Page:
Product Management

Net Promoter Score (NPS)

What is Net Promoter Score (NPS)?
Definition of Net Promoter Score (NPS)
The net promoter score (NPS) is a customer loyalty and satisfaction metric used to determine how likely users are to recommend a product or company to friends or colleagues. It is measured through responses to a single question survey that asks users to rate the likelihood they would recommend something, on a 0-10 scale. Based on the scores, users are grouped into Promoters (9-10), Passives (7-8) and Detractors (0-6), and the NPS is calculated by subtracting the percentage of Detractors from Promoters.

The Net Promoter Score (NPS) is a key metric used in product management and operations to gauge customer satisfaction and loyalty. It is a simple yet powerful tool that can provide valuable insights into a product's performance and the effectiveness of a company's customer relationship strategies.

This glossary article will delve into the intricacies of the NPS, exploring its definition, the methodology behind its calculation, its significance in product management and operations, and how to interpret and utilize the results. We will also provide specific examples to illustrate these concepts in a real-world context.

Net Promoter Score (NPS): An Overview

The Net Promoter Score (NPS) is a metric that measures the willingness of customers to recommend a company's products or services to others. It is used as a proxy for gauging the customer's overall satisfaction with a company's product or service and the customer's loyalty to the brand.

NPS is calculated based on responses to a single question: On a scale of 0 to 10, how likely are you to recommend our company/product/service to a friend or colleague? The scoring for this answer is most often based on a 0 to 10 scale.

Categories of Respondents

Respondents to the NPS question are grouped into three categories: Promoters, Passives, and Detractors. Promoters (score 9-10) are loyal enthusiasts who will keep buying and refer others, fueling growth. Passives (score 7-8) are satisfied but unenthusiastic customers who are vulnerable to competitive offerings. Detractors (score 0-6) are unhappy customers who can damage your brand and impede growth through negative word-of-mouth.

Understanding these categories is crucial as they form the basis for calculating the NPS. Each category represents a different level of customer sentiment towards the product or service, and thus, they have different implications for the company's growth and reputation.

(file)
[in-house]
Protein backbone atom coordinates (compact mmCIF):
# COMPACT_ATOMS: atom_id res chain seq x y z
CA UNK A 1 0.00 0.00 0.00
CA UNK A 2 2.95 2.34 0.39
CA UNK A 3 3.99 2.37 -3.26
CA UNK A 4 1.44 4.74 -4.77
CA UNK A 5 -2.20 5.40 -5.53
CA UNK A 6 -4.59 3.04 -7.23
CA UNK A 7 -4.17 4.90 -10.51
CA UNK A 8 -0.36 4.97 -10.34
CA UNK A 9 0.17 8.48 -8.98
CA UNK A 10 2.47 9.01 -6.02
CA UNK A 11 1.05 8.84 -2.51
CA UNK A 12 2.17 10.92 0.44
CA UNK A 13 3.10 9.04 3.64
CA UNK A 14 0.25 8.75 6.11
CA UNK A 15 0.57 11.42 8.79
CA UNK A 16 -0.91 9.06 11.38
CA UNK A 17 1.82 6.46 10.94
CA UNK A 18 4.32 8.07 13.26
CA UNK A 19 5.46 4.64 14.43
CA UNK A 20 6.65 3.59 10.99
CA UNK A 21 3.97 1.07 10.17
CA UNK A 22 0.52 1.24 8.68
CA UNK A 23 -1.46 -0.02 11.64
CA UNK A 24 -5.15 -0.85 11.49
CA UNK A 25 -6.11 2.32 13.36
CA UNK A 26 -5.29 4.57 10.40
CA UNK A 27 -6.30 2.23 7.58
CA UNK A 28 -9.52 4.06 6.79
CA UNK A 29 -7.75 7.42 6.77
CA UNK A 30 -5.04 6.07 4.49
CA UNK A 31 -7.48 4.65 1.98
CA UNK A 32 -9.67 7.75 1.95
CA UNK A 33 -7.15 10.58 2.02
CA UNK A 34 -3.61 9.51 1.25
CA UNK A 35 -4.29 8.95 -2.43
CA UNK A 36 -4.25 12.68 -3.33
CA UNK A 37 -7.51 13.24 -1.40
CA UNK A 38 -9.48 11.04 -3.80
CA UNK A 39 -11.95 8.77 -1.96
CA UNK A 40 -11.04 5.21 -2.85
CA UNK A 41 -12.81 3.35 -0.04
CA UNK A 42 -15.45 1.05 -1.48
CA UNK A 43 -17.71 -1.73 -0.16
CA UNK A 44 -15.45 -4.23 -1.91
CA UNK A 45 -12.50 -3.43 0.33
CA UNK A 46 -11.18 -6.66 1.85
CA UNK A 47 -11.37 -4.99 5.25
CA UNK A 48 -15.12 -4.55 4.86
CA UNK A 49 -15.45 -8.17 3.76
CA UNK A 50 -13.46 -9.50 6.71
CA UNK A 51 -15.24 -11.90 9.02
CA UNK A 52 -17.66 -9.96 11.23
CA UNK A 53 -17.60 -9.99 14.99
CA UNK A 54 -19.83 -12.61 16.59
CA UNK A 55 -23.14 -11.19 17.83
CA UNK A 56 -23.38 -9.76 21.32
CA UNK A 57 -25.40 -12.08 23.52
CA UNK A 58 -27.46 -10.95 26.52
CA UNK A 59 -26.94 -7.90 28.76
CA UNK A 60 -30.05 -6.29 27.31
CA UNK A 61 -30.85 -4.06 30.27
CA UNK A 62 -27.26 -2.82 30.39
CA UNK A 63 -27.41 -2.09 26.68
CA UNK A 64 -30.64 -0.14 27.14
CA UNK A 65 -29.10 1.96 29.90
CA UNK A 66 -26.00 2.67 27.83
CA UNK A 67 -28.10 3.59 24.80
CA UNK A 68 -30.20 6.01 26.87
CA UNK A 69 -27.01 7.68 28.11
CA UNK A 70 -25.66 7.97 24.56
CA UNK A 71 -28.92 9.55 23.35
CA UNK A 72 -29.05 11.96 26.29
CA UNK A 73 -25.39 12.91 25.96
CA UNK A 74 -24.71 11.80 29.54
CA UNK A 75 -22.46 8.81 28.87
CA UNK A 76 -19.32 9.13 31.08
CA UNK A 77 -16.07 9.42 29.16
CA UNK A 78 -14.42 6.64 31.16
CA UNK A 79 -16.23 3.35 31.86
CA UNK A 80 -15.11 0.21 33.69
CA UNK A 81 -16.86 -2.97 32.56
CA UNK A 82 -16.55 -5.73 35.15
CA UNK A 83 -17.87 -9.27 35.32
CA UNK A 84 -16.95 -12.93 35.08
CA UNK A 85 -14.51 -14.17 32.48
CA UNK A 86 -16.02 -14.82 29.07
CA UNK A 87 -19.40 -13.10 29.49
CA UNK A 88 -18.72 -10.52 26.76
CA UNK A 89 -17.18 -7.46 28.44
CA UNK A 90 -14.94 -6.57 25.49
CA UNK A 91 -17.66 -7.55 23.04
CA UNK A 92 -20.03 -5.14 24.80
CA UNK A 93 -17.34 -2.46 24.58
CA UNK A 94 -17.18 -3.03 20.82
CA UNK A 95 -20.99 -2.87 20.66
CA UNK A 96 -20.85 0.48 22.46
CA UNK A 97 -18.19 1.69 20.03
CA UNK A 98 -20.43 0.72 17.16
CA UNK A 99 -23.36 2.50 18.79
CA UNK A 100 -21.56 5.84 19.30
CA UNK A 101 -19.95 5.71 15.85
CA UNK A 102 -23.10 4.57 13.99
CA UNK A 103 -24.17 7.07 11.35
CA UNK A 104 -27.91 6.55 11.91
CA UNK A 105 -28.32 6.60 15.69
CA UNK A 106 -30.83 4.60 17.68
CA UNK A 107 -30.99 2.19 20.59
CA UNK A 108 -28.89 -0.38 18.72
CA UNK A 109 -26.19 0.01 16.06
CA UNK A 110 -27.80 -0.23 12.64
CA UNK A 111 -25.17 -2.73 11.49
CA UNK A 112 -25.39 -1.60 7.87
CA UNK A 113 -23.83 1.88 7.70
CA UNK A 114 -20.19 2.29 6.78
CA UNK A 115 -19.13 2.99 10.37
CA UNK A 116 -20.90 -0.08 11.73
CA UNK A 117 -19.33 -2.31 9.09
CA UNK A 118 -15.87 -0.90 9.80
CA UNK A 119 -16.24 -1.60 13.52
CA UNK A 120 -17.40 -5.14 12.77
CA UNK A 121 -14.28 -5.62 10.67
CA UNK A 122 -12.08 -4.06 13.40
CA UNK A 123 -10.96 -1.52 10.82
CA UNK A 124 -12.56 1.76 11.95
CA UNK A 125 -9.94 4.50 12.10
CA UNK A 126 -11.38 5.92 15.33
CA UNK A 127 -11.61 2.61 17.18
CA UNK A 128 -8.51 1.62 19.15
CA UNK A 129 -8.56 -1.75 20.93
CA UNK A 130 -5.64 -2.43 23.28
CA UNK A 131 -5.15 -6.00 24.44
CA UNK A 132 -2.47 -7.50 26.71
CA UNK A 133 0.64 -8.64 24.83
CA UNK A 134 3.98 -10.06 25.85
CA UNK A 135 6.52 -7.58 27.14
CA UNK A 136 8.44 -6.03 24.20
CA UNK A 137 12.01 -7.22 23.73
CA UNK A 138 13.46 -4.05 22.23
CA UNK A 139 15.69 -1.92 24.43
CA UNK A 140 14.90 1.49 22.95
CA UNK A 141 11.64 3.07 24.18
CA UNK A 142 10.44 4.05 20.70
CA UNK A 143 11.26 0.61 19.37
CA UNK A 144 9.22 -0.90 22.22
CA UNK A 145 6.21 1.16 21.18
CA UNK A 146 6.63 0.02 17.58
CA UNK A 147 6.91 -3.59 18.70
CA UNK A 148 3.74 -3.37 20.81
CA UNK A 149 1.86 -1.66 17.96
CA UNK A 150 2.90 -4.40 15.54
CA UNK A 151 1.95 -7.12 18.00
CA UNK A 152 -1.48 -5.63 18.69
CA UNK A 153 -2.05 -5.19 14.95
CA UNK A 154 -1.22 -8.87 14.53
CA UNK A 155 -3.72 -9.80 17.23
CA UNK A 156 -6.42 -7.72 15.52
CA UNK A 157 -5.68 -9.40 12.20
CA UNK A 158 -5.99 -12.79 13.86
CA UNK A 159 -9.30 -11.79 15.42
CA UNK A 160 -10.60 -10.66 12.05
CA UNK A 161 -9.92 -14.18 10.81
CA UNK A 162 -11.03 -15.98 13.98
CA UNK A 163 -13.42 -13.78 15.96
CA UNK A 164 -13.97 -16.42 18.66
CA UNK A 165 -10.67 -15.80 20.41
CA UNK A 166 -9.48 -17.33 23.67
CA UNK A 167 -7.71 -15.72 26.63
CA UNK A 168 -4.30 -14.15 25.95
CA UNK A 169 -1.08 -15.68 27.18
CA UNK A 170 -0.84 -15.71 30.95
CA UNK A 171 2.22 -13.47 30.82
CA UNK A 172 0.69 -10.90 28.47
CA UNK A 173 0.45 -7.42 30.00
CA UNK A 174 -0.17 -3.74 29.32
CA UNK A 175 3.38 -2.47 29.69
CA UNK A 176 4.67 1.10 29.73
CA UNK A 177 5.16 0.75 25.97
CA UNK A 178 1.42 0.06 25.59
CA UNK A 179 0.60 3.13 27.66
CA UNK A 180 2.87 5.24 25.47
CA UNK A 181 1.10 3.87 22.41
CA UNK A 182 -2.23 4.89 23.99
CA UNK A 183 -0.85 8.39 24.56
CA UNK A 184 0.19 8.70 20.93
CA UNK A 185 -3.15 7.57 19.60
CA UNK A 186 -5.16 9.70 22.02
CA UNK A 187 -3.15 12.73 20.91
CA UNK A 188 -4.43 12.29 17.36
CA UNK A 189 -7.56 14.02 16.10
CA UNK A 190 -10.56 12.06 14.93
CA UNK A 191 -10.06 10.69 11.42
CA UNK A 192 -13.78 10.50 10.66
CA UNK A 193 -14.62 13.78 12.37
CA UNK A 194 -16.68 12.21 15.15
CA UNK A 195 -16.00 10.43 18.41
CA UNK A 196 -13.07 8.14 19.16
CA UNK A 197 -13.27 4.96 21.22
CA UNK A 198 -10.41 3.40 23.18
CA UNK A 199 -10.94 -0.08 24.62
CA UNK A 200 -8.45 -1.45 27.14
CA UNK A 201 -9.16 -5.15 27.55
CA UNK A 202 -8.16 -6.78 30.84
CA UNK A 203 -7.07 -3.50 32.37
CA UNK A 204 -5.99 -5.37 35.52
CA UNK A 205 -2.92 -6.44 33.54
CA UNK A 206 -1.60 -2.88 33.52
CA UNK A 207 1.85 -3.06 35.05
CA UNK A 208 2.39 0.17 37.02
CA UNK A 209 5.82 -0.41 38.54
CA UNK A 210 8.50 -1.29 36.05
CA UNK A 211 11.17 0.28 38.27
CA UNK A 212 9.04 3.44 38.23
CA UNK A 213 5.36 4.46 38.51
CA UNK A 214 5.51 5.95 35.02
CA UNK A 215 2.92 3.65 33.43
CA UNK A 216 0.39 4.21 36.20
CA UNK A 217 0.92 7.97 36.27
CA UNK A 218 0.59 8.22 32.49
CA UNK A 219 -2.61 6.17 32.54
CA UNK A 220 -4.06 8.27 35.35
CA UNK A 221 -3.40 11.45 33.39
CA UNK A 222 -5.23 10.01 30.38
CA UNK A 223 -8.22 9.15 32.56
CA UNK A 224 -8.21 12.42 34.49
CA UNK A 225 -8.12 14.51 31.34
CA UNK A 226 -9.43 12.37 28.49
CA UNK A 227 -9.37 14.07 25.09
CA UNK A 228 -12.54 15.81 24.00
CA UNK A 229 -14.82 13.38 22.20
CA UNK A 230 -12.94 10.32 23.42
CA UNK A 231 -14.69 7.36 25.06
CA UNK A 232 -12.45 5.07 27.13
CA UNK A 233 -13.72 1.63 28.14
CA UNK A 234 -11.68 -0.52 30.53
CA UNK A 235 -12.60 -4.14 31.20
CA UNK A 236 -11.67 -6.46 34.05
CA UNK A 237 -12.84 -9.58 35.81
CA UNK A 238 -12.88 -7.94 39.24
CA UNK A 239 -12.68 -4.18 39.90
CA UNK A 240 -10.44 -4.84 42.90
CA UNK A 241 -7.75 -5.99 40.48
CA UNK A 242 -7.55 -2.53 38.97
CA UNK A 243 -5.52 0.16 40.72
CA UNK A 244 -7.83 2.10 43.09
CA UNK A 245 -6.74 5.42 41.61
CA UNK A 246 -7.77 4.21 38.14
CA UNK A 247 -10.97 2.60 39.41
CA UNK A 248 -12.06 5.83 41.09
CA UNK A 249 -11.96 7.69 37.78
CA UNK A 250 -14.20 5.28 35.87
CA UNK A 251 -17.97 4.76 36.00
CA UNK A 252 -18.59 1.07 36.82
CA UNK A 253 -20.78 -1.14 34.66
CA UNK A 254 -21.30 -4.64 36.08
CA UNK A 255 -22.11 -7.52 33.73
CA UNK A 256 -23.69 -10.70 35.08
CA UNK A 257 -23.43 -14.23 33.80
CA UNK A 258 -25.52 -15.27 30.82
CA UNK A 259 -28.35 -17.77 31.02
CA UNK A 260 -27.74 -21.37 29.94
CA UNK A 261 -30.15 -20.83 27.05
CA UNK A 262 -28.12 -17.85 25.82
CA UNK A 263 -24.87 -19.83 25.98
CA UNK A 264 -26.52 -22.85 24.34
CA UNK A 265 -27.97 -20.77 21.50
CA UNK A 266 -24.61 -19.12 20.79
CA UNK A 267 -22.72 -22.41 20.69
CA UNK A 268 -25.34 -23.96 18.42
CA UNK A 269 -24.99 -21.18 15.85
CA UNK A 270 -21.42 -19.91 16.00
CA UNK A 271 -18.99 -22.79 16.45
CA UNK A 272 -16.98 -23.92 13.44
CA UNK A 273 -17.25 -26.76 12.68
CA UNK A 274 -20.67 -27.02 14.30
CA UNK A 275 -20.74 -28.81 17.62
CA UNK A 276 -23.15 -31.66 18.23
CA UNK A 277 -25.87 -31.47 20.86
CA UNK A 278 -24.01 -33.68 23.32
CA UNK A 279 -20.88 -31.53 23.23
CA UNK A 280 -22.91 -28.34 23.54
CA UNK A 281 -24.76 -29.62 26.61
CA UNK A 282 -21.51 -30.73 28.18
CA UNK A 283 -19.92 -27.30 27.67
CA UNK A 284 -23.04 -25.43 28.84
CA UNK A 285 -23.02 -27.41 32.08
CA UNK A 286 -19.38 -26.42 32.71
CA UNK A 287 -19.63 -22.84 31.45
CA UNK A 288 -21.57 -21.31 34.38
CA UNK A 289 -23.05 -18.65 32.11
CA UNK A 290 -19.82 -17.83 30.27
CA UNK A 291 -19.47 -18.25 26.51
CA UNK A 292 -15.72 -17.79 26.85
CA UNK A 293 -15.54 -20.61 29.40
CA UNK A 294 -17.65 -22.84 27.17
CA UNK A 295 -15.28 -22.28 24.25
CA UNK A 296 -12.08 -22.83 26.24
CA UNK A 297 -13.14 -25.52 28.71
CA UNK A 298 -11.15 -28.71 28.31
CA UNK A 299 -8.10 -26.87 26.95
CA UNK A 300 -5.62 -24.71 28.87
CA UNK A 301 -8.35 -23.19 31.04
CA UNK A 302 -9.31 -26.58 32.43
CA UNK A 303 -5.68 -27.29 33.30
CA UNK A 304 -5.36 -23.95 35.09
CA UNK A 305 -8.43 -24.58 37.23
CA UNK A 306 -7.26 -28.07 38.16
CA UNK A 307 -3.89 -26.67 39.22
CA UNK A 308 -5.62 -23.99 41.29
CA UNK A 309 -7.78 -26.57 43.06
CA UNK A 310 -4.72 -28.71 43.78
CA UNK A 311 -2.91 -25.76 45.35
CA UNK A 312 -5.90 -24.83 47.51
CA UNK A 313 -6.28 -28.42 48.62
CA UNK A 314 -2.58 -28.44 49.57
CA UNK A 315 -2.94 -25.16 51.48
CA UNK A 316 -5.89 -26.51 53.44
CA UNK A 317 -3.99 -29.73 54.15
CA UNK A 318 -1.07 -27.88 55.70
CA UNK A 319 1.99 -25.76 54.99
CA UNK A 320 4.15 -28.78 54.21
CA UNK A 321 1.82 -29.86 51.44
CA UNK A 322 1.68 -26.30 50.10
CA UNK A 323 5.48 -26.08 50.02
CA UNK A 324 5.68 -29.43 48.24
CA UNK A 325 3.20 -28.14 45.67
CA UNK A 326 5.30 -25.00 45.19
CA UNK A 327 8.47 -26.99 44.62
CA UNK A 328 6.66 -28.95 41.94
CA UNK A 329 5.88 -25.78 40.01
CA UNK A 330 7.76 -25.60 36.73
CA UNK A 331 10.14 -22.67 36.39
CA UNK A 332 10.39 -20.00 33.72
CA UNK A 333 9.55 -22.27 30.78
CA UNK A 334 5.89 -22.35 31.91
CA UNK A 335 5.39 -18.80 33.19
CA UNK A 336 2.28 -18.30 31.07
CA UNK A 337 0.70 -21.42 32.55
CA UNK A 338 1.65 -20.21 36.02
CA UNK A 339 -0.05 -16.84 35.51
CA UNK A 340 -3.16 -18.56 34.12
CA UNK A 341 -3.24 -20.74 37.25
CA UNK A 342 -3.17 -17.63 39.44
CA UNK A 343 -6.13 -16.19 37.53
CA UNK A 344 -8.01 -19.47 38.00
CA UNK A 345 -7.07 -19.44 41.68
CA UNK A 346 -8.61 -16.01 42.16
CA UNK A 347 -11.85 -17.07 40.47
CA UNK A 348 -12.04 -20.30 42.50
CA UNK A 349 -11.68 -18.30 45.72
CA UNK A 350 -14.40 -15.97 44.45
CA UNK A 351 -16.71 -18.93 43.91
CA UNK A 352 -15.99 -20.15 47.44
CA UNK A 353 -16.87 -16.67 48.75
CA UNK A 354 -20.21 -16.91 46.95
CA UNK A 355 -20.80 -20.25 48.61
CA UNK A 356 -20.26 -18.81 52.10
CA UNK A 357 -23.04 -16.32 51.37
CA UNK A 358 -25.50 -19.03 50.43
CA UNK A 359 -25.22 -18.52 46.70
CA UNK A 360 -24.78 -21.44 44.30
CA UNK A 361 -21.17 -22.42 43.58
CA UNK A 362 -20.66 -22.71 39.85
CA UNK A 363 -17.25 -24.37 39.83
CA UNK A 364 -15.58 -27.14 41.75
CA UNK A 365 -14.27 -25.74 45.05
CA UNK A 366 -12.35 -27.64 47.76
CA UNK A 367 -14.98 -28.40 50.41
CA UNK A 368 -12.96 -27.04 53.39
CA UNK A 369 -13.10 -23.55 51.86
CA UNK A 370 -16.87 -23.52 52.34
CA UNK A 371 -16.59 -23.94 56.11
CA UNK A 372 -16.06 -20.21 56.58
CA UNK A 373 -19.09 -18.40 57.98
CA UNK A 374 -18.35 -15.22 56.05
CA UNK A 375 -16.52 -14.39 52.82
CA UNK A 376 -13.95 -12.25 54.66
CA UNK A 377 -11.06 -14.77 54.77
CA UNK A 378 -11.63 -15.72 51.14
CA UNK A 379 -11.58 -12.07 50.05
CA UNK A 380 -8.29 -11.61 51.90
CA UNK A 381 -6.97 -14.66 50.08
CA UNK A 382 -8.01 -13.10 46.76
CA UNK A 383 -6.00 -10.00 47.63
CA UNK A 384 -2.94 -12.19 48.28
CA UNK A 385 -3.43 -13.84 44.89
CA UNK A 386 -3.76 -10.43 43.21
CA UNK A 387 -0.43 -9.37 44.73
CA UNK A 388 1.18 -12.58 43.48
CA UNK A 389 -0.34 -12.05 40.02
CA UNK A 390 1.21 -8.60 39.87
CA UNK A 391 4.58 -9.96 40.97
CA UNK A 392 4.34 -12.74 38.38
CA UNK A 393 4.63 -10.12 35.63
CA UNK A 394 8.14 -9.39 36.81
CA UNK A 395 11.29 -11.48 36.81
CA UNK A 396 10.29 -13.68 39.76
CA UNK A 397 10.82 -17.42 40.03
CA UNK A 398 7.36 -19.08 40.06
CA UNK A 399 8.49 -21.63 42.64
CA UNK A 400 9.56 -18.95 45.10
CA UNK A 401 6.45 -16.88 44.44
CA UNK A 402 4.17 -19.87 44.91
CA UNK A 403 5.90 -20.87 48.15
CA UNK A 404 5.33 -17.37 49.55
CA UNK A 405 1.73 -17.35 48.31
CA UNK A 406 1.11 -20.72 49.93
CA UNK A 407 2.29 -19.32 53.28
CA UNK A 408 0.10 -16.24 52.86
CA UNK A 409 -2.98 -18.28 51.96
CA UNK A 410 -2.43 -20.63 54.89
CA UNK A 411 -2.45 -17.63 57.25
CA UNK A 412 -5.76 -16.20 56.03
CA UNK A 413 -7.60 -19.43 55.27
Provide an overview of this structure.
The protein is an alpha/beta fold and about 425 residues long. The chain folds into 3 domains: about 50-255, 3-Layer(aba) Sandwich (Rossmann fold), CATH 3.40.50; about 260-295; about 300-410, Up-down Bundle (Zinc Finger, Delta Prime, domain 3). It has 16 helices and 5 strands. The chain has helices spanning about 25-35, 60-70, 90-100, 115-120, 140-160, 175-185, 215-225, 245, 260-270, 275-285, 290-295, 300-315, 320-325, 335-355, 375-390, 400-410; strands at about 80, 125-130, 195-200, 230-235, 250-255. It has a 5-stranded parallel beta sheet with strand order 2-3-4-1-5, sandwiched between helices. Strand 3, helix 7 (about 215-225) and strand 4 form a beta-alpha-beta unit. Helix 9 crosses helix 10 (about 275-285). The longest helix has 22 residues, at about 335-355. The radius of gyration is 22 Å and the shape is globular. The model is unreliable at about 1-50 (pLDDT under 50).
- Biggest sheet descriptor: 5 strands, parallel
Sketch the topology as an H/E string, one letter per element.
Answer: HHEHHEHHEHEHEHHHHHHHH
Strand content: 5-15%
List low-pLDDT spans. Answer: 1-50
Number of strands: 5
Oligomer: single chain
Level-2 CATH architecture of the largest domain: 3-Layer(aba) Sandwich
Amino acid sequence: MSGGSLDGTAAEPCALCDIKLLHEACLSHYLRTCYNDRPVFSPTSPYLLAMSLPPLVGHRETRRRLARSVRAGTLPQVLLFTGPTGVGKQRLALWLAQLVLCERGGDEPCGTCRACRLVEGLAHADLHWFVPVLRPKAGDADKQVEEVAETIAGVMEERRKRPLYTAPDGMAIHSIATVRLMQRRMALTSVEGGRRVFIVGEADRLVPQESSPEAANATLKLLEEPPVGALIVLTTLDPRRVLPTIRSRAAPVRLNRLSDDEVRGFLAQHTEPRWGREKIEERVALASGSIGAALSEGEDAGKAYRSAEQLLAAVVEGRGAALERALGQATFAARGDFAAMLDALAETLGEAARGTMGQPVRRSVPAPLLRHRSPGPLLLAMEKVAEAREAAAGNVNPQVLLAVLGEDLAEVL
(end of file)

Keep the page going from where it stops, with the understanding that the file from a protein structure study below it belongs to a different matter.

Calculating the Net Promoter Score

The Net Promoter Score is calculated by subtracting the percentage of customers who are Detractors from the percentage of customers who are Promoters. It is not the percentage of customers who are Promoters minus the percentage who are Detractors, nor is it the percentage of Promoters out of the total number of respondents.

The resulting score can range from -100 (if every customer is a Detractor) to 100 (if every customer is a Promoter). A positive NPS (i.e., greater than zero) is generally deemed good, a NPS of +50 is excellent, and anything over +70 is considered world-class.

Example of NPS Calculation

Let's say a company surveyed 100 customers and received the following responses: 60 Promoters, 30 Passives, and 10 Detractors. The NPS would be calculated as follows: (60/100 - 10/100) * 100 = 50. Hence, the company's NPS is 50, which is considered excellent.

This example illustrates the simplicity of the NPS calculation. However, it's important to remember that while the calculation itself is straightforward, interpreting the score and translating it into actionable insights requires a deeper understanding of the metric and its implications.

Significance of NPS in Product Management & Operations

In product management and operations, the NPS serves as a valuable tool for understanding customer sentiment and identifying areas for improvement. It provides a clear and quantifiable measure of customer loyalty, which can be a strong indicator of product success and future growth.

By tracking the NPS over time, product managers can monitor changes in customer sentiment, identify trends, and gauge the impact of product updates or changes in strategy. This can inform decision-making and help guide the direction of product development and operations.

Using NPS to Improve Products